Camel in Action
Claus Ibsen and Jonathan Anstey
Forewords by Gregor Hohpe and James Strachan
  • December 2010
  • ISBN 9781935182368
  • 552 pages

I highly recommend this book. It kicks ass!

James Strachan, Cofounder of Apache Camel


Camel in Action, Second Edition is now available. An eBook of this older edition is included at no additional cost when you buy the revised edition!

A limited number of pBook copies of this edition are still available. Please contact Manning Support to inquire about purchasing previous edition copies.

Camel in Action is a Camel tutorial full of small examples showing how to work with the integration patterns. It starts with core concepts like sending, receiving, routing, and transforming data. It then shows you the entire lifecycle and goes in depth on how to test, deal with errors, scale, deploy, and even monitor your app—details you can find only in the Camel code itself. Written by the developers of Camel, this book distills their experience and practical insights so that you can tackle integration tasks like a pro.

About the Technology

Apache Camel is a Java framework that lets you implement the standard enterprise integration patterns in a few lines of code. With a concise but sophisticated DSL you snap integration logic into your app, Lego-style, using Java, XML, or Scala. Camel supports over 80 common transports such as HTTP, REST, JMS, and Web Services.

Table of Contents detailed table of contents

foreword by Gregor Hohpe

foreword by James Strachan



about this book

about the cover illustration

about the authors

Part 1 First steps

1. Meeting Camel

1.1. Introducing Camel

1.2. Camel’s message model

1.3. Camel’s architecture

1.4. Your first Camel ride, revisited

1.5. Summary

2. Routing with Camel

2.1. Introducing Rider Auto Parts

2.2. Understanding endpoints

2.3. Creating routes in Java

2.4. Creating routes with Spring

2.5. Routing and EIPs

2.6. Summary and best practices

Part 2 Core Camel

3. Transforming data with Camel

3.1. Data transformation overview

3.2. Transforming data using EIPs and Java

3.3. Transforming XML

3.4. Transforming with data formats

3.5. Transforming with templates

3.6. About Camel type converters

3.7. Summary and best practices

4. Using beans with Camel

4.1. Using beans the hard way and the easy way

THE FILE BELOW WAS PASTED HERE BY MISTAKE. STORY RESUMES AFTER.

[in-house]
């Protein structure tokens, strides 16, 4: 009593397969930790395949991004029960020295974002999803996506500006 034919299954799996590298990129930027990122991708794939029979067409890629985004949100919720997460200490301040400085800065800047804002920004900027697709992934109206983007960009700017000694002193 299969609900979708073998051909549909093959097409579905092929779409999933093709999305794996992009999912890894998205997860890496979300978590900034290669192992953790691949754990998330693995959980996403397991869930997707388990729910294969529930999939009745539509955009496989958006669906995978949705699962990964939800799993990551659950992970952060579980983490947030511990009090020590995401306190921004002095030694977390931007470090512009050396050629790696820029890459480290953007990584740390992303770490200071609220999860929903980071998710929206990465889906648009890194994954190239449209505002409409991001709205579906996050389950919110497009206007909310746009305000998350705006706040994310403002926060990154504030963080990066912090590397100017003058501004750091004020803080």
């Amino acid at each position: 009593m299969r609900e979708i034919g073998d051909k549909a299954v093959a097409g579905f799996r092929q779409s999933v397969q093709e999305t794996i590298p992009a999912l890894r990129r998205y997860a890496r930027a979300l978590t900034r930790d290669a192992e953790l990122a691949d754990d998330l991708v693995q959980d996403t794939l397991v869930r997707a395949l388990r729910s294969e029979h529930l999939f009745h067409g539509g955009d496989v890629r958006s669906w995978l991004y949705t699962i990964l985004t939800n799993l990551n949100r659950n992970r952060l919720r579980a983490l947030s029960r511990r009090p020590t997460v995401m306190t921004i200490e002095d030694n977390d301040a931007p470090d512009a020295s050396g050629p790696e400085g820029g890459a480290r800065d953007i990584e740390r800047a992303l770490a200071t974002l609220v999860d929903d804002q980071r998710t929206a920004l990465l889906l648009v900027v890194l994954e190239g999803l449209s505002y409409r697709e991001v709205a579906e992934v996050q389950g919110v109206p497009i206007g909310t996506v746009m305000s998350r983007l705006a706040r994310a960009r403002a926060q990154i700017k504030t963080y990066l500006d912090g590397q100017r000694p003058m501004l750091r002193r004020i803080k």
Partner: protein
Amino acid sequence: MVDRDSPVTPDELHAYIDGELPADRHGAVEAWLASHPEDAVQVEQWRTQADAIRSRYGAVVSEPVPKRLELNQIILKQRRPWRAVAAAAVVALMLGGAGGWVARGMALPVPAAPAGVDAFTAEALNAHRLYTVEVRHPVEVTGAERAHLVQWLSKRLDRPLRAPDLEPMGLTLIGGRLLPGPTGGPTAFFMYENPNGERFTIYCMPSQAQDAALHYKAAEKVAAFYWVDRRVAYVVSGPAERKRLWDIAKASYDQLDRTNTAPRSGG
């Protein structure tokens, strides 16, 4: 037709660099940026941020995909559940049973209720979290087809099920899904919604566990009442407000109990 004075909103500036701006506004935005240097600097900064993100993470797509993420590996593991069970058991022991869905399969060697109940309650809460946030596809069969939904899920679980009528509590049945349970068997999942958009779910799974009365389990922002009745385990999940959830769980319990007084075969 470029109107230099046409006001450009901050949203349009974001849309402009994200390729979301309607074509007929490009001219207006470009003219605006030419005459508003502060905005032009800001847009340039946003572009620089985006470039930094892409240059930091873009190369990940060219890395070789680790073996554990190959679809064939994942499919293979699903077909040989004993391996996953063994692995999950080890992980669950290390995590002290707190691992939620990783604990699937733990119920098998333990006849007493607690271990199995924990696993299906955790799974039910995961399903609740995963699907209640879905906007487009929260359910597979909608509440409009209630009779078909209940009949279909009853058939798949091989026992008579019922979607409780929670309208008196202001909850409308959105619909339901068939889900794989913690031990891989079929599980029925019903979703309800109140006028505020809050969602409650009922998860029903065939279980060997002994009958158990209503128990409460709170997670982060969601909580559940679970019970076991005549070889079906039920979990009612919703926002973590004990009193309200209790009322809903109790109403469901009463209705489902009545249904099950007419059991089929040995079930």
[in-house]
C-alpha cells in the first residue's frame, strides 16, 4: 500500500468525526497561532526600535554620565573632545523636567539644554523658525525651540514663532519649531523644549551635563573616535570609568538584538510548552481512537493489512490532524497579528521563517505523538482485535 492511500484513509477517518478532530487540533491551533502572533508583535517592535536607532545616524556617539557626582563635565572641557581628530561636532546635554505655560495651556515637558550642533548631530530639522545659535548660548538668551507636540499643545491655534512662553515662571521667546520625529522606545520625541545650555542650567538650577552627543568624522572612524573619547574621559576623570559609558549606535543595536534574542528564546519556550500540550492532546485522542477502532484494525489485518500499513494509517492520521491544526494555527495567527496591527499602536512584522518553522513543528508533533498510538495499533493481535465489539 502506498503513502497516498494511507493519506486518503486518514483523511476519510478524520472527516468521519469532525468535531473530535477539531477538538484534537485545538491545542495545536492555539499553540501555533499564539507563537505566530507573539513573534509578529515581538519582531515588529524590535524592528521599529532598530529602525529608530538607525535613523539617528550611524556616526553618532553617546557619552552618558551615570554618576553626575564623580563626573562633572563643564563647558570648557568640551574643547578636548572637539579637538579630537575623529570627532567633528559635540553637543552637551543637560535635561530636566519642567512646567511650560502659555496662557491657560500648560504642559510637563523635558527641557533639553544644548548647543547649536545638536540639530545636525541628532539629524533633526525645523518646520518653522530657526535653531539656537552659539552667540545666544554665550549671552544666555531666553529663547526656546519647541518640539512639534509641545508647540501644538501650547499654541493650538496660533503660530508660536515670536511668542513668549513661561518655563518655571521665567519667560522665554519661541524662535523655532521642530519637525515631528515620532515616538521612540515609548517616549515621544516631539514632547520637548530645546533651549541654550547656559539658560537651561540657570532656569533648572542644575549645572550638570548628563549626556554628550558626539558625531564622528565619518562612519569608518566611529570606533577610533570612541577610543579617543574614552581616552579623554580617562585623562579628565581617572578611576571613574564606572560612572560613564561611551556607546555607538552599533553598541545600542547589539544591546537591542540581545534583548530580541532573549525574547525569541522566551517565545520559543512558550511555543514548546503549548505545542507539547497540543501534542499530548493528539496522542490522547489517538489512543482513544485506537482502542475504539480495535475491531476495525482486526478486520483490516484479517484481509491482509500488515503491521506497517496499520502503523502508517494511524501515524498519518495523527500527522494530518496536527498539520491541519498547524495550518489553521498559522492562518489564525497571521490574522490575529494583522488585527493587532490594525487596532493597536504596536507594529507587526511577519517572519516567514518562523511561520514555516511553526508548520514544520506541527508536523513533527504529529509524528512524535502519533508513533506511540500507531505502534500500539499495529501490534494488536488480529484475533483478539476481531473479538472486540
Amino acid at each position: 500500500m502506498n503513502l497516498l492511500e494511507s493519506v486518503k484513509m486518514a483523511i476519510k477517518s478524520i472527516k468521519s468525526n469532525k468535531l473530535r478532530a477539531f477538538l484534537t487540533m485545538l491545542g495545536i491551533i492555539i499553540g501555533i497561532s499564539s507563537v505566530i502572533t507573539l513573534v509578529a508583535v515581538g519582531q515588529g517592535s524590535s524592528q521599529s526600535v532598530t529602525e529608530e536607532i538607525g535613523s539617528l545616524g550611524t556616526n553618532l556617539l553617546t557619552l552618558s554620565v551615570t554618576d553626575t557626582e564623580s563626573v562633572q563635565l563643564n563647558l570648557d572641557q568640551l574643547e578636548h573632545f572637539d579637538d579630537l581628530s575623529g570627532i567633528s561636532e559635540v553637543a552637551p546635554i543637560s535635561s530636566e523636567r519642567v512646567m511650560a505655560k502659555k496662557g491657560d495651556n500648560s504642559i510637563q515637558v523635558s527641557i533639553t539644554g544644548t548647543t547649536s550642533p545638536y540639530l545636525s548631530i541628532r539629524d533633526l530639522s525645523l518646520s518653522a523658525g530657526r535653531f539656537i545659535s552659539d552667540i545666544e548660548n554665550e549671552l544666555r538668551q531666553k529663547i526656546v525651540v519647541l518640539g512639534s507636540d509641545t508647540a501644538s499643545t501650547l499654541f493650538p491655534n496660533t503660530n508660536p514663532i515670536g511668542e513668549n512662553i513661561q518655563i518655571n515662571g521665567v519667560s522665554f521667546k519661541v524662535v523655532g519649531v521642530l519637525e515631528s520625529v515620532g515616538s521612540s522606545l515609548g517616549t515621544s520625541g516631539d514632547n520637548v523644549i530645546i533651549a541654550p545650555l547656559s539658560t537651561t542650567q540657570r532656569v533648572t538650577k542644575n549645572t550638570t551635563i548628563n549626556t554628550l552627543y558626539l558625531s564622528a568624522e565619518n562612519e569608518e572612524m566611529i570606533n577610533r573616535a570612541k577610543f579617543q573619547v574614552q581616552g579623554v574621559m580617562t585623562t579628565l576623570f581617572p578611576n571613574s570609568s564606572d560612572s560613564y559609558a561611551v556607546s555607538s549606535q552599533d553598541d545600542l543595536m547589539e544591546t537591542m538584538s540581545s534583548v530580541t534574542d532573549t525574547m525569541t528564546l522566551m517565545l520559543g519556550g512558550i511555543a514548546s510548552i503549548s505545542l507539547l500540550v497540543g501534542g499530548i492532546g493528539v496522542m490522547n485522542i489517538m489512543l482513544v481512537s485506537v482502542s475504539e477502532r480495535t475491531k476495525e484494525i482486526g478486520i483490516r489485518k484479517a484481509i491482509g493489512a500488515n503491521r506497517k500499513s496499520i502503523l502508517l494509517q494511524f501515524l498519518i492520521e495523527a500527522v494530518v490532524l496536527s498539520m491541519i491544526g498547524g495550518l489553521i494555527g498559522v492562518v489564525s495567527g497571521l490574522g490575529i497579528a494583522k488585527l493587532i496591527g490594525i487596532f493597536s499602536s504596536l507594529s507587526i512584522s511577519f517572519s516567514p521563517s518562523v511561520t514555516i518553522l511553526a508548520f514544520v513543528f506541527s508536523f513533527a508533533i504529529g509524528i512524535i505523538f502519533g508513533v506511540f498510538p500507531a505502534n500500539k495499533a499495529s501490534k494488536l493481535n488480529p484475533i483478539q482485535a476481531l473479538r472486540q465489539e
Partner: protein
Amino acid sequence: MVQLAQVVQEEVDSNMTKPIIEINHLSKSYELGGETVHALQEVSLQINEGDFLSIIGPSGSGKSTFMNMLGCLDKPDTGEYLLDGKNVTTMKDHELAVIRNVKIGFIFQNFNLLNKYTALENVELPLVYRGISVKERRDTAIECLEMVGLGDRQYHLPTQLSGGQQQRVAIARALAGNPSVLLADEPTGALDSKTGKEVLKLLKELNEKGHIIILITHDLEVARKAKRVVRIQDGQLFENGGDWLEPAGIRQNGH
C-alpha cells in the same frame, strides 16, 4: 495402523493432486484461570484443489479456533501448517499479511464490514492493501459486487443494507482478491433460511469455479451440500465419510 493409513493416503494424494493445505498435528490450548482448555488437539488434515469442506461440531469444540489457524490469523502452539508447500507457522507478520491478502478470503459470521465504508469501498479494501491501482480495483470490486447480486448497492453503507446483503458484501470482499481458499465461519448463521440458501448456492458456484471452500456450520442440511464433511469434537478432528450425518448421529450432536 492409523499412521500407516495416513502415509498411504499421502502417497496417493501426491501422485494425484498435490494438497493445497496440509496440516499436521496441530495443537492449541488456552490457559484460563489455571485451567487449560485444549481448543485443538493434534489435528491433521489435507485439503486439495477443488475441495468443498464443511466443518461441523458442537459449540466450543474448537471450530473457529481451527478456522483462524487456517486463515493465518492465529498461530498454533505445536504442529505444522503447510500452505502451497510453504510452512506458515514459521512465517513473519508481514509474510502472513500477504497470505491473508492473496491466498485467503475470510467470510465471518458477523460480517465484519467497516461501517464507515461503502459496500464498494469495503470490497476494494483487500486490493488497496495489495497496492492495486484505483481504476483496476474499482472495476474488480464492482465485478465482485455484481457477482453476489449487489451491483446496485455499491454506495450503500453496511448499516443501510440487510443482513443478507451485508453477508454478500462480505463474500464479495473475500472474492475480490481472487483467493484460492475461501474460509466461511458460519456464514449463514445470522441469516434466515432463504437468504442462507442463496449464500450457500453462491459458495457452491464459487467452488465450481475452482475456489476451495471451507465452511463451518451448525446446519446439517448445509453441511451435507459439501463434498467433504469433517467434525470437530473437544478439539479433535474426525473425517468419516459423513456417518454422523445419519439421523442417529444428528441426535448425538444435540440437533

4.2. The Service Activator pattern

4.3. Camel’s bean registries

4.4. Selecting bean methods

4.5. Bean parameter binding

4.6. Summary and best practices

5. Error handling

5.1. Understanding error handling

5.2. Error handlers in Camel

5.3. Using error handlers with redelivery

5.4. Using exception policies

5.5. Other error-handling features

5.6. Summary and best practices

6. Testing with Camel

6.1. Introducing the Camel Test Kit

6.2. Using the Mock component

6.3. Simulating errors

6.4. Testing without mocks

6.5. Summary and best practices

7. Understanding components

7.1. Overview of Camel components

7.2. Working with files (File and FTP components)

7.3. Asynchronous messaging (JMS component)

7.4. Web services (CXF component)

7.5. Networking (MINA component)

7.6. Working with databases (JDBC and JPA components)

7.7. In-memory messaging (Direct, SEDA, and VM components)

7.8. Automating tasks (Timer and Quartz components)

7.9. Summary and best practices

8. Enterprise integration patterns

8.1. Introducing enterprise integration patterns

8.2. The Aggregator EIP

8.3. The Splitter EIP

8.4. The Routing Slip EIP

8.5. The Dynamic Router EIP

8.6. The Load Balancer EIP

8.7. Summary and best practices

Part 3 Out in the wild

9. Using transactions

9.1. Why use transactions?

9.2. Transaction basics

9.3. The Transactional Client EIP

9.4. Configuring and using transactions

9.5. Compensating for unsupported transactions

9.6. Summary and best practices

10. Concurrency and scalability

10.1. Introducing concurrency

10.2. Using thread pools

10.3. Using concurrency with EIPs

10.4. Synchronicity and threading

10.5. The concurrency client API

10.6. The asynchronous routing engine

10.7. Summary and best practices

11. Developing Camel projects

11.1. Managing projects with Maven

11.2. Developing custom components

11.3. Developing interceptors

11.4. Using alternative languages

11.5. Summary and best practices

12. Management and monitoring

12.1. Monitoring Camel

12.2. Using JMX with Camel

12.3. Tracking application activity

12.4. Managing Camel applications

12.5. Summary and best practices

13. Running and deploying Camel

13.1. Starting Camel

13.2. Starting and stopping routes at runtime

13.3. Shutting down Camel

13.4. Deploying Camel

13.5. Camel and OSGi

13.6. Summary and best practices

14. Bean routing and remoting

14.1. Using beans for routing

14.2. Hiding middleware

14.3. Summary and best practices

Appendix A: Simple, the expression language

Appendix B: Expressions and predicates

Appendix C: The producer and consumer templates

Appendix D: The Camel community

Appendix E: Akka and Camel


What's inside

  • Valuable examples in Java and XML
  • Explanations of complex patterns
  • Error handling, testing, deploying, managing, and running Camel
  • Accessible to beginners, useful to experts

About the authors

Claus Ibsen is a principal engineer working for FuseSource specializing in the enterprise integration space. He has worked on Apache Camel for the last three years where he is a a PMC member, a key contributor, and heads the development and roadmap. Claus lives in Sweden near Malmo with his wife and dog.

Jonathan Anstey is a software engineer with varied experience in manufacturing control systems, build infrastructure, and enterprise integration. Lately, Jon has been working on Apache Camel as a PMC member and an active committer while at FuseSource. When he is not hacking on Camel he likes to spend time with his wife and daughter in St. John's, Newfoundland.

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